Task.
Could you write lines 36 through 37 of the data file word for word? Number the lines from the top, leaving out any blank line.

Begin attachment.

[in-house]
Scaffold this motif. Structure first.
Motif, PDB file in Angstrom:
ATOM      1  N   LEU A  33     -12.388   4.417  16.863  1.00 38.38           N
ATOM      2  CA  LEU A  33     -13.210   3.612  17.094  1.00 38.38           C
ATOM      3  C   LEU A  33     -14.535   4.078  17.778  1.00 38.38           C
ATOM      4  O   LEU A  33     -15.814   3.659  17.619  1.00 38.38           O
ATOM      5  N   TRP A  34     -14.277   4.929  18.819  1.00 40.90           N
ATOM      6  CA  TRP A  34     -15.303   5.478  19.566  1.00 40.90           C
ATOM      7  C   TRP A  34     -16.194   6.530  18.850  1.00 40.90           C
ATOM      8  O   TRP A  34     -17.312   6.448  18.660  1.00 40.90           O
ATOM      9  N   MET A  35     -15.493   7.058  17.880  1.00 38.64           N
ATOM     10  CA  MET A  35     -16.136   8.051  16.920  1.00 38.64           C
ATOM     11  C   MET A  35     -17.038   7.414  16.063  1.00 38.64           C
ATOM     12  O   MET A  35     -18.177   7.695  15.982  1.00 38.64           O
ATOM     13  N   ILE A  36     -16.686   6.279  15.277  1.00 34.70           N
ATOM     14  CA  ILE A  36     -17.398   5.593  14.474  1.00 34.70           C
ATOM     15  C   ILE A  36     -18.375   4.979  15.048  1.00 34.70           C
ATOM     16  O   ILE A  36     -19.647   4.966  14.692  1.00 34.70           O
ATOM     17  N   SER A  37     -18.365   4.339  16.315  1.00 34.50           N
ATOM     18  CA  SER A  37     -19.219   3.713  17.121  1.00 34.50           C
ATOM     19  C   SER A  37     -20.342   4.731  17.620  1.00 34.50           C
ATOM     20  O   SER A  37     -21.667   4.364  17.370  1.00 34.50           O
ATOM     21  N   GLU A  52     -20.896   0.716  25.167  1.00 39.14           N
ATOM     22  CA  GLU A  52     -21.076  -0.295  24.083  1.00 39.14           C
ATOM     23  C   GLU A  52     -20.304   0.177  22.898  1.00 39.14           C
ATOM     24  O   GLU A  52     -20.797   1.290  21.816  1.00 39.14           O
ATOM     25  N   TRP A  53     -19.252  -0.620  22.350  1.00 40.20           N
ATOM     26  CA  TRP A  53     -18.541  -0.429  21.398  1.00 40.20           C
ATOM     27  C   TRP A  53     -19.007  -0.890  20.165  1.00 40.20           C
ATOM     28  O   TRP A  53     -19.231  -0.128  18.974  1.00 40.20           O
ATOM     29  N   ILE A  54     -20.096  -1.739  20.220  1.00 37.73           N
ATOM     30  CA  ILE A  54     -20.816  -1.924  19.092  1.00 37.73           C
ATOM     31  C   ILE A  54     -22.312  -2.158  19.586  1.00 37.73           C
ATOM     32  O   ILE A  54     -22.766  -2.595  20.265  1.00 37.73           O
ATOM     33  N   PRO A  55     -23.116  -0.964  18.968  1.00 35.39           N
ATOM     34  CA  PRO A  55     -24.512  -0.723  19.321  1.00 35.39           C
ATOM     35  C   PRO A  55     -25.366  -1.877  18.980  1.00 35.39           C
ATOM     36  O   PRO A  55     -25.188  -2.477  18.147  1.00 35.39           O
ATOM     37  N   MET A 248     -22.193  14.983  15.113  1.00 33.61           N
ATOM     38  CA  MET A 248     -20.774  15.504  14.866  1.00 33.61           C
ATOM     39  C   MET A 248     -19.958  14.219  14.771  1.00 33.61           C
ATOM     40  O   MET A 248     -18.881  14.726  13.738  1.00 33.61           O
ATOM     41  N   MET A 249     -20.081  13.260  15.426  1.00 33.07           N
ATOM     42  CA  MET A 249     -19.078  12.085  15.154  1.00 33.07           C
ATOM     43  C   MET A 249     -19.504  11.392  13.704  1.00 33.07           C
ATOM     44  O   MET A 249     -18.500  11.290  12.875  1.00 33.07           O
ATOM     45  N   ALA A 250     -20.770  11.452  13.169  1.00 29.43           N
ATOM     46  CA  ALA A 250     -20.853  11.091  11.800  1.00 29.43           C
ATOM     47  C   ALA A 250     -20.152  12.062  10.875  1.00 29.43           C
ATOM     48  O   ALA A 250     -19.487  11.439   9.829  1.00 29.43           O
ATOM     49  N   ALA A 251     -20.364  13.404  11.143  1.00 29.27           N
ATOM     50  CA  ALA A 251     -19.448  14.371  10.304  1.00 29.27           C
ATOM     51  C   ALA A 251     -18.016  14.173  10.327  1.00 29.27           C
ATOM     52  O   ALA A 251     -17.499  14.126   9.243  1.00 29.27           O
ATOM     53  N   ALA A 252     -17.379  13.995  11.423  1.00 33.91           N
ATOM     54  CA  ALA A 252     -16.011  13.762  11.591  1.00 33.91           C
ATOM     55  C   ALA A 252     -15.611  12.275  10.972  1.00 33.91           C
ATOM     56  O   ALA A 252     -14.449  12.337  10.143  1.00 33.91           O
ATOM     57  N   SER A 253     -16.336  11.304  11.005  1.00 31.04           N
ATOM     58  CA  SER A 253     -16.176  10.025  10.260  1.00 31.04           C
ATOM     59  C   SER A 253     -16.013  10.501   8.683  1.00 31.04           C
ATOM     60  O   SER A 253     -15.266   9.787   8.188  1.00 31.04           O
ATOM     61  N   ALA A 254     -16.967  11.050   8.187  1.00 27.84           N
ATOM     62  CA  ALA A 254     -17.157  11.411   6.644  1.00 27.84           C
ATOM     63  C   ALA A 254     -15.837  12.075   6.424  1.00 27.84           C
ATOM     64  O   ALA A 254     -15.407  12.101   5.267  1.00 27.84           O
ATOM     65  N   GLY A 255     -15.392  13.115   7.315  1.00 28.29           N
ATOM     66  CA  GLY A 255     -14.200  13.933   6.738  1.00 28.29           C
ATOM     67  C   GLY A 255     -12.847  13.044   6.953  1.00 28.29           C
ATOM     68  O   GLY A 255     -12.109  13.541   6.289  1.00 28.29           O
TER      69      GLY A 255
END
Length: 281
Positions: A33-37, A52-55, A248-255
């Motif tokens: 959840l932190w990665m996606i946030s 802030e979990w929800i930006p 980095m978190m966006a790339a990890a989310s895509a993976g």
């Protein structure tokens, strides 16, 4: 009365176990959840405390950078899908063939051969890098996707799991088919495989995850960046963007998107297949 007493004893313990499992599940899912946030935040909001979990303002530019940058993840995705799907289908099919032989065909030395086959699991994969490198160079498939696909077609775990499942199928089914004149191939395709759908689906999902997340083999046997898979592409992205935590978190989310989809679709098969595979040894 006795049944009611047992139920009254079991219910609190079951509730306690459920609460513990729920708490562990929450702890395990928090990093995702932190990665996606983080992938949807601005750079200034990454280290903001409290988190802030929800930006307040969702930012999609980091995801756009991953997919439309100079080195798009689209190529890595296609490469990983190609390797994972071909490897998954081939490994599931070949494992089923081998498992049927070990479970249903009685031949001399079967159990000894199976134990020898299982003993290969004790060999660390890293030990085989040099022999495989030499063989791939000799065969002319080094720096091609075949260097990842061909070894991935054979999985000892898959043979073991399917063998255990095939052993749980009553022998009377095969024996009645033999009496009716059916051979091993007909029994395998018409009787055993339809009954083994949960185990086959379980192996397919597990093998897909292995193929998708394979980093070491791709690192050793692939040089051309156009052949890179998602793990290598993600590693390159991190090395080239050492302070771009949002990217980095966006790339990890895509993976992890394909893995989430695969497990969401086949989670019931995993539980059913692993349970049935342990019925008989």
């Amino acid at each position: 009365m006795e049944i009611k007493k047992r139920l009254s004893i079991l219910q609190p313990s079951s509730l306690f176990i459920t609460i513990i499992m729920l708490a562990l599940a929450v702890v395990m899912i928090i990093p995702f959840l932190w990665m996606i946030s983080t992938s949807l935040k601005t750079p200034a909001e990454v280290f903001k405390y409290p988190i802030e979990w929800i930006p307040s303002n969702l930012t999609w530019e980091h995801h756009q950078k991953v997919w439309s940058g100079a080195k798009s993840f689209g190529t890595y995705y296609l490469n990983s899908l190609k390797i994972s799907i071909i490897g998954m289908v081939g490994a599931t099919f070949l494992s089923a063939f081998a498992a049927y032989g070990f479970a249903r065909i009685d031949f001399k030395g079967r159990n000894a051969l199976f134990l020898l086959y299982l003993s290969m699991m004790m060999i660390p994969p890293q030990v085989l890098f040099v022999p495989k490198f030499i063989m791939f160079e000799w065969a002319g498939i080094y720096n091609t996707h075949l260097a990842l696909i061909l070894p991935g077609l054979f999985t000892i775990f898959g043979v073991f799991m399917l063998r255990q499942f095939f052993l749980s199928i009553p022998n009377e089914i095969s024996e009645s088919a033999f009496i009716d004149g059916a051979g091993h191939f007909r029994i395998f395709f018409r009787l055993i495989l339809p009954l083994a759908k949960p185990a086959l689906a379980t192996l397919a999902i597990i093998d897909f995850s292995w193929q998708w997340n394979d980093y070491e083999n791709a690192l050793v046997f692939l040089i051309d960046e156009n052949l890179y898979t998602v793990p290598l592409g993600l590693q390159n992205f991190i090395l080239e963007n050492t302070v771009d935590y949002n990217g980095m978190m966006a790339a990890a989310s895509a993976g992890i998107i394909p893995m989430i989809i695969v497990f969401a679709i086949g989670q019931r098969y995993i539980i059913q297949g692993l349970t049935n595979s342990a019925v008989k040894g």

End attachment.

ATOM     33  N   PRO A  55     -23.116  -0.964  18.968  1.00 35.39           N
ATOM     34  CA  PRO A  55     -24.512  -0.723  19.321  1.00 35.39           C